GDPR requires that personal data must be:
- processed lawfully, fairly and in a transparent manner in relation to individuals;
- collected for specified, explicit and legitimate purposes and not further processed in a manner that is incompatible with those purposes; further processing for archiving purposes in the public interest, scientific or historical research purposes or statistical purposes shall not be considered to be incompatible with the initial purposes;
- adequate, relevant and limited to what is necessary in relation to the purposes for which they are processed;
- accurate and, where necessary, kept up to date; every reasonable step must be taken to ensure that inaccurate personal data is erased or rectified without delay;
- kept in a form which permits identification of data subjects for no longer than is necessary for the purposes for which the personal data are processed; personal data may be stored for longer periods insofar as the personal data will be processed solely for archiving purposes in the public interest, scientific or historical research purposes or statistical purposes subject to implementation of the appropriate technical and organisational measures required by the GDPR in order to safeguard the rights and freedoms of individuals;
- processed in a manner that ensures appropriate security of the personal data, including protection against unauthorised or unlawful processing and against accidental loss, destruction or damage, using appropriate technical or organisational measures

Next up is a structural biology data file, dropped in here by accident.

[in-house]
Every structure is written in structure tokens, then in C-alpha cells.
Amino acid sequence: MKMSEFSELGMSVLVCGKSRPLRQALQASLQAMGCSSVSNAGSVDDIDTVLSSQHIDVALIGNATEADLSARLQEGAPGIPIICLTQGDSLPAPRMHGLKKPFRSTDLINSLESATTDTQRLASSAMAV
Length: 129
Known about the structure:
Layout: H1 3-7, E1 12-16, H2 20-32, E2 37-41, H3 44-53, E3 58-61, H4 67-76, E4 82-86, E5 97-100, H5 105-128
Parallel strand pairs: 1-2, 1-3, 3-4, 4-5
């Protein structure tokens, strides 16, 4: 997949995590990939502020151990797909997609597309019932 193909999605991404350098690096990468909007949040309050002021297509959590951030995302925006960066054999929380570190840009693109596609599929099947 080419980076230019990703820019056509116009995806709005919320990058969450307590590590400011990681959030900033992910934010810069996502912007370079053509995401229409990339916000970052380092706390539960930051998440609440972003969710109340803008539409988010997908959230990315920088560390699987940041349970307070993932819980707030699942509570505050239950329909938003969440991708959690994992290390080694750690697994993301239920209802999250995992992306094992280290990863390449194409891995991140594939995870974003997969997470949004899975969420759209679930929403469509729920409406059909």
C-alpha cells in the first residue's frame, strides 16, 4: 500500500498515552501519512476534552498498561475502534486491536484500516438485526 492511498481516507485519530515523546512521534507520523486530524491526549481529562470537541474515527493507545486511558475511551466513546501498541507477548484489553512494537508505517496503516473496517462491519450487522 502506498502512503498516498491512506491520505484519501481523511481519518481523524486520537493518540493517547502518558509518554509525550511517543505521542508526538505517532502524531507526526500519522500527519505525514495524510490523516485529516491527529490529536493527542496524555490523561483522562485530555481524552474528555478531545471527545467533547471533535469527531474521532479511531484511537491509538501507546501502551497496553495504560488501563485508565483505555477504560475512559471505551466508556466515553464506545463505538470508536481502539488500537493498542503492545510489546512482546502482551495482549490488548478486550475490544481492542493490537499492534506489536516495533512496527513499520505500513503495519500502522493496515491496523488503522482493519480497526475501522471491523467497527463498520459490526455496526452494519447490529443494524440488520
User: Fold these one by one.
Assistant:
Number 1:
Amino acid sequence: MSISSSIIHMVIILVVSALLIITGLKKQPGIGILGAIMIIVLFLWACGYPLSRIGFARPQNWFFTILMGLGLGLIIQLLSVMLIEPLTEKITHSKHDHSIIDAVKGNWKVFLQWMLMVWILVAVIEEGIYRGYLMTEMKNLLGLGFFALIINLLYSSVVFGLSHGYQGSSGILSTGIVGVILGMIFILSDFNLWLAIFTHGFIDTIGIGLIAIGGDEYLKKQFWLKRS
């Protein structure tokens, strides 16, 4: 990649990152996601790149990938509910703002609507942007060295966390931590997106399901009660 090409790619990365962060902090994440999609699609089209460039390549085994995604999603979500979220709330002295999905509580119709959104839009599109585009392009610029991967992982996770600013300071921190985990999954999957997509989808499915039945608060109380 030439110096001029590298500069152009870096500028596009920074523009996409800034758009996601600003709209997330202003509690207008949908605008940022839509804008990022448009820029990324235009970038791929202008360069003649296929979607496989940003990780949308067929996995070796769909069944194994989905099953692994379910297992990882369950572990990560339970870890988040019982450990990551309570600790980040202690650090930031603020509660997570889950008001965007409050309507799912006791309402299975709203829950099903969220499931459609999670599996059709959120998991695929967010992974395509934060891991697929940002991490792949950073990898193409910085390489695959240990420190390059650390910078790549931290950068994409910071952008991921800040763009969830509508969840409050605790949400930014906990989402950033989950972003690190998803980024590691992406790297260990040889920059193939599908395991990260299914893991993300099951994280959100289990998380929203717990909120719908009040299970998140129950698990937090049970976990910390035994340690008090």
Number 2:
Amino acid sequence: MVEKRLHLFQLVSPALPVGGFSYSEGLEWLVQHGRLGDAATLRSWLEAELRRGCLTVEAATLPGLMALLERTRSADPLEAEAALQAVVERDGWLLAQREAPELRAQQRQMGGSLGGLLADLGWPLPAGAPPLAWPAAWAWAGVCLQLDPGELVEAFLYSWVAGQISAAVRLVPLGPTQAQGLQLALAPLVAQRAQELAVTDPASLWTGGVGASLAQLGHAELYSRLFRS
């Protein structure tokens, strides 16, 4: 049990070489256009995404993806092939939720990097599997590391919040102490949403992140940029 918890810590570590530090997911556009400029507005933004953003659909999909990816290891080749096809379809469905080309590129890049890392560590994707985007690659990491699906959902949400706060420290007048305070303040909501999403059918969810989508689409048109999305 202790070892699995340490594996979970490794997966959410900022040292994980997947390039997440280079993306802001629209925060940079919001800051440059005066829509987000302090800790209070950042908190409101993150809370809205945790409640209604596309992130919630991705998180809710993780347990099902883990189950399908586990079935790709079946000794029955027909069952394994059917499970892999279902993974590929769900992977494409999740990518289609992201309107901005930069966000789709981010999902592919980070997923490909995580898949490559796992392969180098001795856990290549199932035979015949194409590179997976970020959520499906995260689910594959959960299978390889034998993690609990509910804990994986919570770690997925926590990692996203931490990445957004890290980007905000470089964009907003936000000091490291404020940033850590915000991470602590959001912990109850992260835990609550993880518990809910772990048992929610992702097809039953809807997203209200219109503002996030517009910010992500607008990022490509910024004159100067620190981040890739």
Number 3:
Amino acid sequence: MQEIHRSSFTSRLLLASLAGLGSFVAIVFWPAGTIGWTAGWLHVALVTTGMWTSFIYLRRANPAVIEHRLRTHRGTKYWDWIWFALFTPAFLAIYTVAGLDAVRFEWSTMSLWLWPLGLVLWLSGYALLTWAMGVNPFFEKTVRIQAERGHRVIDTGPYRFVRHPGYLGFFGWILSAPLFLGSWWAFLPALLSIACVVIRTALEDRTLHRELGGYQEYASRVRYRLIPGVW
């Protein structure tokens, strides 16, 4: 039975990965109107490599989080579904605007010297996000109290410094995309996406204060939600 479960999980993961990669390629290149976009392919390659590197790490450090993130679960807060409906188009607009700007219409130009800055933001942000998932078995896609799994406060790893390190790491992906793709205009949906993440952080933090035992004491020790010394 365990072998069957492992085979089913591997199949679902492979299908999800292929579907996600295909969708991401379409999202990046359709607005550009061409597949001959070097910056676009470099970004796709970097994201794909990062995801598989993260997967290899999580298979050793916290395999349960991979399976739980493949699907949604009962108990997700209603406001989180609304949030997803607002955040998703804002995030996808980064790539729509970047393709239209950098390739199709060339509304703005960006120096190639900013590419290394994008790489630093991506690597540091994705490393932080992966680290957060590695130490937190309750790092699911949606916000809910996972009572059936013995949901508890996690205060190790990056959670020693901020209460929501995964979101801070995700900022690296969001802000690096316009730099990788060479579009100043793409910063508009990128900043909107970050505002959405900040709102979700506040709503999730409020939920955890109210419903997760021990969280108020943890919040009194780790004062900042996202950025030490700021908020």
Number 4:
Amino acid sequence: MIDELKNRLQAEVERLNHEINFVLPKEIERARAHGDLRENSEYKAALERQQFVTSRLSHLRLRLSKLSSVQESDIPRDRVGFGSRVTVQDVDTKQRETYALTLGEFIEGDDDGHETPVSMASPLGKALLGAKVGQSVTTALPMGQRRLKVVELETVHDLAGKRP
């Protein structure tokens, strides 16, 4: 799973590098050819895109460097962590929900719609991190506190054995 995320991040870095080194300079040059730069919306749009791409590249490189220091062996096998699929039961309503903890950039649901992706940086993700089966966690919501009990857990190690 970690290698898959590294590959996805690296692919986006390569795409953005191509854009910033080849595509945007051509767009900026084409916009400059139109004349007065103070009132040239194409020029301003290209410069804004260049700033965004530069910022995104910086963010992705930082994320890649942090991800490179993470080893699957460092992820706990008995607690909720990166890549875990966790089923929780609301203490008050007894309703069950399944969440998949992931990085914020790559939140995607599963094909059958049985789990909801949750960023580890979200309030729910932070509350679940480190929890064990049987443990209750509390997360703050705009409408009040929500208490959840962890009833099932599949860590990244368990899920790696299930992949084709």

This includes the following useful links that you should read, and they contain useful documents for you to adapt and use.
A brief guide to GDPR
A more detailed guide for the person implementing this in the parish
A simple checklist which covers the actions outlined in the guides to help PCCs monitor progress
A template data audit document which will help you to identify the personal data that your parish stores and processes
Sample consent forms as parishes will need to make sure they have consent to communicate with those on the mailing lists
Parishes will also need to produce a privacy notice, and a sample privacy notice is given which can be amended and adopted. If you have a website, it is good practice to make it available online. Guidance on how you can write your own privacy notice is also available.
Finally – do check that your procedures are up-to-date, such as what to do if people request to see the data stored about them, and review your breach management procedures to ensure you know what to do in the event of a breach
Frequently Asked Questions are also available.
Storing data securely
Think about where your data is held and its security.
Does it reside with 3rd parties on IT systems such as cloud suppliers, church members homes etc.?
Of the data you hold about data subjects are these records electronic or paper based?
How are the IT or paper system protected? (Passwords, encryption, lockable drawers, safes).
Who needs authorised access to this data and information?
Any systems used to store or process data need to consider security as part of their implementation. You should only collect the data you need and keep it only as long as needed in order to fulfil an agreed purpose and then delete it.
This means PCCs need to think very carefully about what data they have on people, where it is and who has access to it. This will include the technology used and security in place. For example, data encryption would be one way in which computer data held can be secured.
How the Diocese of Manchester uses your information
The Privacy Notice - MDBF outlines how we use and safeguard the information we hold about you.